Lamptron Noise Dampening Kit (attempt to reduce noise) - $20
Logitech LS21 2.1 Speakers - $30
- I'm a student, so please consider budget
- Do some gaming (mostly racing titles/sims), but also media related work (e.g. Photshop/video editing)
- For now I don't need a new monitor, keyboard of mouse
- Graphics card - I've listed the 560ti for now, but...
a) Is the ASUS one durable?
b) Was thinking about a VTX3D 6950 for $30 less, should I switch back to that?
- Motherboard - Have I picked the right one (I've got the right socket, but I only know that)?
Of course, you can suggest better parts, along as its from the pccasegear website. And any other advice would be helpful
I don't know your resolution but the HD 6850 can handle a lot and play with decent fps at 1920x1080. It should be enough to handle your racing games and flight simulators or whatever simulations you're playing.
Brand is personal preference, but ASUS is a good, reliable name and it has good customer service which is important considering the DOA rates of motherboards. (The ASUS motherboard does have two PCIe 2.0 x16 slots but does not support x8/x8 mode)
You probably don't need a sound card on a budget build, especially with the speakers you mentioned. Most motherboards in your range (including the three mentioned so far) support onboard 7.1 sound and on budget speakers you won't notice the difference. Wintermint's Radeon 6850 is the video card that I would have recommended as well. You can also save some money on a case if you'd like. A mid-tower case in the $50-$75 range should perform just fine. I bought the following case recently for an i5-2500K gaming build and it is excellent:
My biggest concern with your original build would be the 'green' drive. Gaming can be hard-drive intensive and a lower RPM drives can be a hinderance. Wintermint's spinpoint is all the rage these days for budget 7200RPM drives, but if you really want a performance drive you should put some of the savings we've discussed toward an SSD. They're expensive (and you still need a standard HDD for mass storage) and you should probably get at least 120GB to fit a lot of games so it's a judgement call, but with the right optimization you will definitely notice the difference. I recommend this one:
Hi, building a PC is fun, I'd do it at least once. But if you are after price performance and are not into overclocking CPU, then suggest getting manufacturer's refub PC with most of the parts you want and then incrementing. My last purchase was a refurb HP with i7-2600, HD 6770, 460 watt psu, crappy HD, Blueray playback, H67 chipset for $550 including shipping. (Product Description: HP Pavilion Elite HPE-550f Intel Core i7-2600 3.4GHz 8GB 1.5TB, Winning Quantity: 1 of 1, Winning Price: $513.00 each)
This MB won't support crossfire or overclocking, but the 460 watt PSU allows some pretty hefty single gpu upgrades. Also comes with clean win7 64 license, keyboard, marginal but ok mouse.
Please no flames, I think building PCs is fun and have done it. But it sure costs a lot more. Most people who could build their own PC can troubleshoot and fix a refurb unit if something fails. Google can find refub PC buying opportunities, i didn't post where i got mine so no one would think i was a thread spammer hawking a site. The PC it replaced was an i7-920, x58, win7, gtx260 (not core216, but 1.6 gb), 8gb ram, good 750GB hd bought the same way also under $600 two years ago.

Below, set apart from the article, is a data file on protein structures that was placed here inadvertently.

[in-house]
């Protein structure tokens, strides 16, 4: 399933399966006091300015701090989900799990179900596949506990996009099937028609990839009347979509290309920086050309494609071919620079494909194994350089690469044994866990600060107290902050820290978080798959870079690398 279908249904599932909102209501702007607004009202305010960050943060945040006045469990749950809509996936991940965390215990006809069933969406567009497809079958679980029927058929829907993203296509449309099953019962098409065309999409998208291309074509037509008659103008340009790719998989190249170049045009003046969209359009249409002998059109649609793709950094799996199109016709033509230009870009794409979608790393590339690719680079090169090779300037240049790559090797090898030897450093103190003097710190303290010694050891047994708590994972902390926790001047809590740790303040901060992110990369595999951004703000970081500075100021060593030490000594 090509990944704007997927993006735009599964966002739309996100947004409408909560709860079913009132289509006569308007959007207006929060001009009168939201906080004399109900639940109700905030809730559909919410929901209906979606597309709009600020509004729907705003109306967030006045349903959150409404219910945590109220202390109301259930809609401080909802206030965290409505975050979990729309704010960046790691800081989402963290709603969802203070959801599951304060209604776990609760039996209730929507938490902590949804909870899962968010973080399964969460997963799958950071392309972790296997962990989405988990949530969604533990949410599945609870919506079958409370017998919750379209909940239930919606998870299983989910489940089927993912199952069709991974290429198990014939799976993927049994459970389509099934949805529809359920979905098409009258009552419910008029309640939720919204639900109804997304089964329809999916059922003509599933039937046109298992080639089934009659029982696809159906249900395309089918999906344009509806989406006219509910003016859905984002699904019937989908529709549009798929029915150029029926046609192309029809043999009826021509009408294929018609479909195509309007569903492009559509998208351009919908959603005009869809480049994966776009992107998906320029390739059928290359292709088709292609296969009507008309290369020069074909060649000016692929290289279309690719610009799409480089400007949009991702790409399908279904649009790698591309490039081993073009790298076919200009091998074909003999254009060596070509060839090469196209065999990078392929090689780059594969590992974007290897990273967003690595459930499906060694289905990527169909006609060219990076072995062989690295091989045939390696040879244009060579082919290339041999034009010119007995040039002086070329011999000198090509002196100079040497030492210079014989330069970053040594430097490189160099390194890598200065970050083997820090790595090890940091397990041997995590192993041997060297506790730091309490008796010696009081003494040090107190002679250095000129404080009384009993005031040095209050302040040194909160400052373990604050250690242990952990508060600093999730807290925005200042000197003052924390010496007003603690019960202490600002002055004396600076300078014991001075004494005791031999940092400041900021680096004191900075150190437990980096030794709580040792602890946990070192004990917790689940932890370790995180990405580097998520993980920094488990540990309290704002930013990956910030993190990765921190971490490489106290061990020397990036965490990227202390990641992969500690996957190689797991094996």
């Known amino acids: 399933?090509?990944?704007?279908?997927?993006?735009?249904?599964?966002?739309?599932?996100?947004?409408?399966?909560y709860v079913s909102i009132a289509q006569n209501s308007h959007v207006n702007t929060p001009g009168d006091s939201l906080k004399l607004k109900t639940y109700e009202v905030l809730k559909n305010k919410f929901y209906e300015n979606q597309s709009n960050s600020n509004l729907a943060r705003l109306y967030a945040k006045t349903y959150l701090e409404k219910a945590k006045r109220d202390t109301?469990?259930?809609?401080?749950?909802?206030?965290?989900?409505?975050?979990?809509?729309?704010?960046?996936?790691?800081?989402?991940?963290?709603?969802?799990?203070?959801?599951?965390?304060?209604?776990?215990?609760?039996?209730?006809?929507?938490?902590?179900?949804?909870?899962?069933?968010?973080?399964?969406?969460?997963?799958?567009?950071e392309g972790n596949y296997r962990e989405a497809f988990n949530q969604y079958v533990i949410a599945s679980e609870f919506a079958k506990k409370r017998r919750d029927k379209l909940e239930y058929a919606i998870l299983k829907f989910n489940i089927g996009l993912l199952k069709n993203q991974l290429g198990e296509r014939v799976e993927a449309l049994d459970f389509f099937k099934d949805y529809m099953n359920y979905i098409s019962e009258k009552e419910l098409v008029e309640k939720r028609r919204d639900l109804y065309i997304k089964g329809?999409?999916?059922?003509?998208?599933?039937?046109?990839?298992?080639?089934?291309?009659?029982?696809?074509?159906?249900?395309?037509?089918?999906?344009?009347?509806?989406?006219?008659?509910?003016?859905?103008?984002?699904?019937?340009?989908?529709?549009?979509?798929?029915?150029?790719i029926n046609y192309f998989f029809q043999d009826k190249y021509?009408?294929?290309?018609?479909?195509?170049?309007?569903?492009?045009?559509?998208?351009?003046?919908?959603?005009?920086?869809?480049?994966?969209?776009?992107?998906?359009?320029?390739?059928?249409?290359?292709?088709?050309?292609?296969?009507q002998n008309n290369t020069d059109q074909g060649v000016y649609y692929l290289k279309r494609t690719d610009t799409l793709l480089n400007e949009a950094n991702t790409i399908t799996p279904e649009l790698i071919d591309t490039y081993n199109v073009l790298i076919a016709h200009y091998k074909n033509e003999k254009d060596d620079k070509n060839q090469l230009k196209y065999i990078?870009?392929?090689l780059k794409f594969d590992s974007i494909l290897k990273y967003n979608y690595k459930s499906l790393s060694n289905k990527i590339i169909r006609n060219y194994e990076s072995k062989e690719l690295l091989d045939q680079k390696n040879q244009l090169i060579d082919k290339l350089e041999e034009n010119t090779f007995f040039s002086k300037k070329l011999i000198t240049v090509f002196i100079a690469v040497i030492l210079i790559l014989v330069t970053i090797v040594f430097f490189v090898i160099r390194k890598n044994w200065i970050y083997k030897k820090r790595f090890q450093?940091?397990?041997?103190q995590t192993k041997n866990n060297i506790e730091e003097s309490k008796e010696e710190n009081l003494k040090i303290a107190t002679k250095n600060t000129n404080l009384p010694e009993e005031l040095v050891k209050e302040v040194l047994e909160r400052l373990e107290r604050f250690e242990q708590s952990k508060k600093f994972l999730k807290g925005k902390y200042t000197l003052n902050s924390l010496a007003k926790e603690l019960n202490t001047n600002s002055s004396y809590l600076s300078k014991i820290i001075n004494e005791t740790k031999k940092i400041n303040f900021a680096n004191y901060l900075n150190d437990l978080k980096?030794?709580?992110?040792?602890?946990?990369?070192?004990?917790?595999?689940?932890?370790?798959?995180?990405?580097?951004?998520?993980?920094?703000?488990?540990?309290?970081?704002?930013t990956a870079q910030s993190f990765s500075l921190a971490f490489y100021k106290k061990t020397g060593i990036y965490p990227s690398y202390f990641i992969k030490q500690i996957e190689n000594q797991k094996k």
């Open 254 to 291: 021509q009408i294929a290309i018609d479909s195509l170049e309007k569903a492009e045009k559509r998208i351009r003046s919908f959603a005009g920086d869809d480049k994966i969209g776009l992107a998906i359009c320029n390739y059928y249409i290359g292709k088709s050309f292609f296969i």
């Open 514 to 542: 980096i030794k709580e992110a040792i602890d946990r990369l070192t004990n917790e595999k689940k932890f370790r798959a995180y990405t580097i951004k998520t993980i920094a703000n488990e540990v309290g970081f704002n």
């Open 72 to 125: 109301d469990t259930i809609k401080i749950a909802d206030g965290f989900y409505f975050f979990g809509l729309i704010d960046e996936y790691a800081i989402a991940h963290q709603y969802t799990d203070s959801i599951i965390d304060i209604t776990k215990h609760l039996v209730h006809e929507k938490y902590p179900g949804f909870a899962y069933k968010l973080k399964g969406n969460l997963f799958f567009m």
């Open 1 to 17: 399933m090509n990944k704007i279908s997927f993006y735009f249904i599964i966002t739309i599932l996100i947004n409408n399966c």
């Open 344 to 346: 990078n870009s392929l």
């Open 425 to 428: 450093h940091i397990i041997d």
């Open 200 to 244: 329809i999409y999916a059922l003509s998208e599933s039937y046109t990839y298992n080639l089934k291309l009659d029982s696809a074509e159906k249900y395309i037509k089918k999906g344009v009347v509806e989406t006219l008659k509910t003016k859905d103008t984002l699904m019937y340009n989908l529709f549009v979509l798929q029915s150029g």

Changed parts, weirdly I swapped from the Samsung to the green WD, don't know why I did that.
Card I've picked is an ASUS GTX 560, (down from a 560ti), although I could swap to a 6850/6870/6950 (6950 is $230, for the VTX3D one). I already have a nVIDIA card (although it's a paultry 7600GS), hence why this is my personal preference.
And for the sound card, I want something that's a little higher quality than the standard audio (even though a) there's no sophisicated speaker setup and b) the sound card brand is the same as the motherboard), and the requirements for the LS21 speakers is a sound card (even if it's the default motherboard one).
Looking like a good system. Personally, I'd keep the Ti. They preform significantly better than the standard gtx 560. You could always try the onboard sound on that mobo 1st... if it's not upto the standard you're wanting grab the extra sound card then? Also, given that you're a student on a budget... I have been getting parts from msy:
It's not a great website, but just download the pdf pricelist, give your local store a call to check stock and often you'll save 5-10% on various parts Even if you just pick up your case from them, that will chop a fair chunk off your shipping $ from PCCaseGear and probably save a couple of bucks while your at it.
Why I picked PCCaseGear - they're located near relatives, so I don't have to spend anything on shipping (I only live around a hour from their HQ, so shipping's only going to cost me $30).
And yeah, sound card is a bit of a luxury, they're both (add-on and the mobo default) ASUS, plus it's probably only going to be noticeable with either a surround sound unit or high quality gaming headphones. The rig I've got has competent sound quality anyway.
Edit - not including the misc. parts, PCCaseGear cost $1088, while MSY cost $1068, however...
- MSY did not have a GTX 560ti (although 560 and 6950 prices were identical to PCG)
- MSY had some parts out of stock, while PCG have ALL parts in stock
Sounds like your sorted. You can see how the right build in the right situation could save quite a bit at MSY especially if it helps you avoid a shipping charge. Reliable stock info is a problem with them... they can never tell you when they are getting new stuff in or restocking existing items Have fun with your new build